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16 May 20243 minute read

Ontario’s Working For Workers Five Act creates new requirements for public job postings, restricts ‎the ability of employers to ask for doctor’s notes and updates the Occupational Health and Safety ‎Act ‎

Recently, the Ontario government introduced Bill 190, the Working for Workers Five Act, 2024 (“Bill 190”). Bill 190 is currently in its second reading.

Similar to the other “Working for Workers” acts, Bill 190 proposes several amendments to various employment law related statutes. Key proposed amendments that Ontario employers should be aware of include:

  • Ontario Employment Standards Act, 2000 (the “ESA”): The ESA would be amended to:
    • require employers to disclose in publicly advertised job postings whether a position is ‎vacant or not;
    • require employers to respond to applicants that they have interviewed for publicly advertised job postings and provide them with certain information, to be prescribed by regulation;
    • prohibit employers from requiring an employee to provide a certificate from a qualified health practitioner (i.e. a sick note) as evidence of entitlement to ESA sick leave. The Ontario Government’s news release with respect to Bill 190 states employers may still request another form of evidence that is reasonable in the circumstances (e.g. an attestation); and
    • increase the maximum fines for individuals convicted of an offence under the ESA or for failing to comply with an order, direction or other requirement under the ESA from $50,000 to $100,000.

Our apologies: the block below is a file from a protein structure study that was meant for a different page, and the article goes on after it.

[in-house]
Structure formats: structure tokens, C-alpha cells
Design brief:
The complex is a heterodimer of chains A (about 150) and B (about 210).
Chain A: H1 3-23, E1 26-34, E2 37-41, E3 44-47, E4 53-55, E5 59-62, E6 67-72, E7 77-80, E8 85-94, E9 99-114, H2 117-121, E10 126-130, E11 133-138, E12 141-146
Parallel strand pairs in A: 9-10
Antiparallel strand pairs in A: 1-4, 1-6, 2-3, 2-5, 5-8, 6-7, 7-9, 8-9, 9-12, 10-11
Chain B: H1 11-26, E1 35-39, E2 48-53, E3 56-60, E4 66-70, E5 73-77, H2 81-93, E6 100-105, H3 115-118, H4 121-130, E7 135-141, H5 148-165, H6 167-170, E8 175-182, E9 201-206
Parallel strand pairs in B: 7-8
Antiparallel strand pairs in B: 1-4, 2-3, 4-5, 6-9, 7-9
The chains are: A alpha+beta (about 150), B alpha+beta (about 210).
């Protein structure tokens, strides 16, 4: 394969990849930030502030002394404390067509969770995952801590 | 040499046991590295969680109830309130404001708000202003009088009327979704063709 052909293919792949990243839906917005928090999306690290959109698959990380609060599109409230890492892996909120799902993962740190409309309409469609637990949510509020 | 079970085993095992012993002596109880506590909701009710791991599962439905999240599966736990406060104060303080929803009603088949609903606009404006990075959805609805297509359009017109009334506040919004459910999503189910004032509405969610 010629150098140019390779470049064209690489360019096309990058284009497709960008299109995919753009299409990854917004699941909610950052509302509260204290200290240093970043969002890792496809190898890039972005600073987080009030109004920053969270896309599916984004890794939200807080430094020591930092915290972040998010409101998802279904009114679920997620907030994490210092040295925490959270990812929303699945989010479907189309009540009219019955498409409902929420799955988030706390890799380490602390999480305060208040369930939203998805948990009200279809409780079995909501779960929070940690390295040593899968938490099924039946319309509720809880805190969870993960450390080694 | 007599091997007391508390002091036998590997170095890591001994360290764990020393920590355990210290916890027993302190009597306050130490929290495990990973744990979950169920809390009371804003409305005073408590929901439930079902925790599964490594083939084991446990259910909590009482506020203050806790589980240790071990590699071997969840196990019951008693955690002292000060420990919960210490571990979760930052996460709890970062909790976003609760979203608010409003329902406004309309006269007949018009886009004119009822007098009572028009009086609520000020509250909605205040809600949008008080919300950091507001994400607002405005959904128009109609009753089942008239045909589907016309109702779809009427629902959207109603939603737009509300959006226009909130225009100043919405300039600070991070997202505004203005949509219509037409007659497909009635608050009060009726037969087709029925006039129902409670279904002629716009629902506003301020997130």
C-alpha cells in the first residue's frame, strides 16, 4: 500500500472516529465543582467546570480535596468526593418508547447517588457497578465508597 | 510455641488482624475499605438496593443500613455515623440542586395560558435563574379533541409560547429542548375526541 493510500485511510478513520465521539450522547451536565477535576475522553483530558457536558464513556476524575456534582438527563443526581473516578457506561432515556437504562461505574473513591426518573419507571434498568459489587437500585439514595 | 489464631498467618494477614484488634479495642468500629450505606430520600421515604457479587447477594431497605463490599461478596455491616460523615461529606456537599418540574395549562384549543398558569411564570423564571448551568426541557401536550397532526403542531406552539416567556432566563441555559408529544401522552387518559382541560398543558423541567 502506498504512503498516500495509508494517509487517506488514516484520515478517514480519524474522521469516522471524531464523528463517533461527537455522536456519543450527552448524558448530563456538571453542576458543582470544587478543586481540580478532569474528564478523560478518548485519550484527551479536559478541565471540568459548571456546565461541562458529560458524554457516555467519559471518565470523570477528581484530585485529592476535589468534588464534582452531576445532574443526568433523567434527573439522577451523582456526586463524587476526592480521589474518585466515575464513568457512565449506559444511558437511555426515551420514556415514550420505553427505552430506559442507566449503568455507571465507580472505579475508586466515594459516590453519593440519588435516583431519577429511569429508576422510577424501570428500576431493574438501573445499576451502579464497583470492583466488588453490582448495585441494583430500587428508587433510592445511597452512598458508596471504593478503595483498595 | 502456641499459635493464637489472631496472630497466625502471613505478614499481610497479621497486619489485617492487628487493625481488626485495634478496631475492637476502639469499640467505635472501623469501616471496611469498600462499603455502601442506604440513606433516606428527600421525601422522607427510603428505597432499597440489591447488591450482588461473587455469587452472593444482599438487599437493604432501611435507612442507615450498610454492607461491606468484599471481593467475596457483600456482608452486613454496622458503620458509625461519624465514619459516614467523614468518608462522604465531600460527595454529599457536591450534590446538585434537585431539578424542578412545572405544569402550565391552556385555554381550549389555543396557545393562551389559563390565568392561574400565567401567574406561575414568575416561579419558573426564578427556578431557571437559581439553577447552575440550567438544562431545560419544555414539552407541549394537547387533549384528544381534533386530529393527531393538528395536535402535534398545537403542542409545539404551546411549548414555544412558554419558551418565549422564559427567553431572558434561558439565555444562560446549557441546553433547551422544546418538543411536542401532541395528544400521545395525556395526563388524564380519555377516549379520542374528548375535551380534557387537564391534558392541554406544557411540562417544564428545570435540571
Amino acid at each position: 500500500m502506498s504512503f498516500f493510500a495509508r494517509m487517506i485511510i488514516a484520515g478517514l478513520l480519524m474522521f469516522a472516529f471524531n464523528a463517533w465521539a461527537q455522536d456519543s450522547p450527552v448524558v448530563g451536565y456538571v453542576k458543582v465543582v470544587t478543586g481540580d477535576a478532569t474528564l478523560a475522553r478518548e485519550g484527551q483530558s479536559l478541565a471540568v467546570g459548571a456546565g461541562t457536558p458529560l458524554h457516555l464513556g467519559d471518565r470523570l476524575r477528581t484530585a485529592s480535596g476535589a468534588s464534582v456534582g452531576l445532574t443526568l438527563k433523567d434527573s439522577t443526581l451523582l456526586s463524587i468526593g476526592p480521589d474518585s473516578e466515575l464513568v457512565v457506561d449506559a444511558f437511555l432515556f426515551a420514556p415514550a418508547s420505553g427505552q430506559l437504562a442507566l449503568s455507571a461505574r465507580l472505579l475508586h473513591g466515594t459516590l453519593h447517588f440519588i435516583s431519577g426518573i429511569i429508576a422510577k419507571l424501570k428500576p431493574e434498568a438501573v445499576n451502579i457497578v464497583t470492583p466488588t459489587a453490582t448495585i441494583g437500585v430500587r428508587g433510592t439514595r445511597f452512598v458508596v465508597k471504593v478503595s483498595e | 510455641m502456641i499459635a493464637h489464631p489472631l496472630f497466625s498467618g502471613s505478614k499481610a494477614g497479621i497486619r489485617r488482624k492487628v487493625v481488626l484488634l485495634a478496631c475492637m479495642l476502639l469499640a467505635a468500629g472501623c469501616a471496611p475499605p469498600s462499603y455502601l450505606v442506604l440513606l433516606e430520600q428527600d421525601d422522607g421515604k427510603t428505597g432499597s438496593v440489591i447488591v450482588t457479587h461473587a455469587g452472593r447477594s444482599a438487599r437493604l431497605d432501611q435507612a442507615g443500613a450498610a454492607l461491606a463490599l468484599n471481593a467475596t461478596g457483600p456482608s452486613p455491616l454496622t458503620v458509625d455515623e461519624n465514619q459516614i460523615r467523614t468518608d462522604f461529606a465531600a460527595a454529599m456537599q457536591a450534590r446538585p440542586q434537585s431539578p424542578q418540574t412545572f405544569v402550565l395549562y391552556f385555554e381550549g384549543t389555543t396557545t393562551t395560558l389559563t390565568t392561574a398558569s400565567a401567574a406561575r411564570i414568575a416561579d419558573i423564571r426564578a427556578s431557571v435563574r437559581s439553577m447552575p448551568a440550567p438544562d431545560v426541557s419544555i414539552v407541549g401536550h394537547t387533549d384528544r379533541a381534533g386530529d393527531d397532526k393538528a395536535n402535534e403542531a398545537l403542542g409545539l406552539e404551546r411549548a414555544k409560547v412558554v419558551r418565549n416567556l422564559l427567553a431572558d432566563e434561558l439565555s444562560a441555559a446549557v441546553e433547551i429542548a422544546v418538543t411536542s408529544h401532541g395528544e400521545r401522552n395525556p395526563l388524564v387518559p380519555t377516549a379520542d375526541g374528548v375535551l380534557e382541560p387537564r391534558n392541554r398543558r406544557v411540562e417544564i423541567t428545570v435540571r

• Ontario Occupational Health and Safety Act (the “OHSA”): The OHSA would be amended to address the increase in remote working arrangements as follows:
    • expand the definition of “workplace harassment” and “workplace sexual harassment” to expressly apply to harassment in a workplace that occurs virtually through information and communications technology;
    • allow employers to post information required to be posted under the OHSA in an electronic format, as long as workers are directed on where and how to access the information and the information is in a readily accessible format;
    • remove the requirement that joint health and safety committees meet “at the workplace” such that remote meetings would be permissible;
    • expand the application of the OHSA to “telework performed in or about a private residence”; and
    • exclude from the definition of an “industrial establishment” any office located in a private residence.
We will provide further updates as Bill 190 proceeds through the Ontario legislature. In the interim, if you have any questions about any of the proposed legislative amendments, do not hesitate to contact any member of our DLA Piper Canadian Employment and Labour Law Service Group, who will ensure that you are acting upon the most up-to-date information.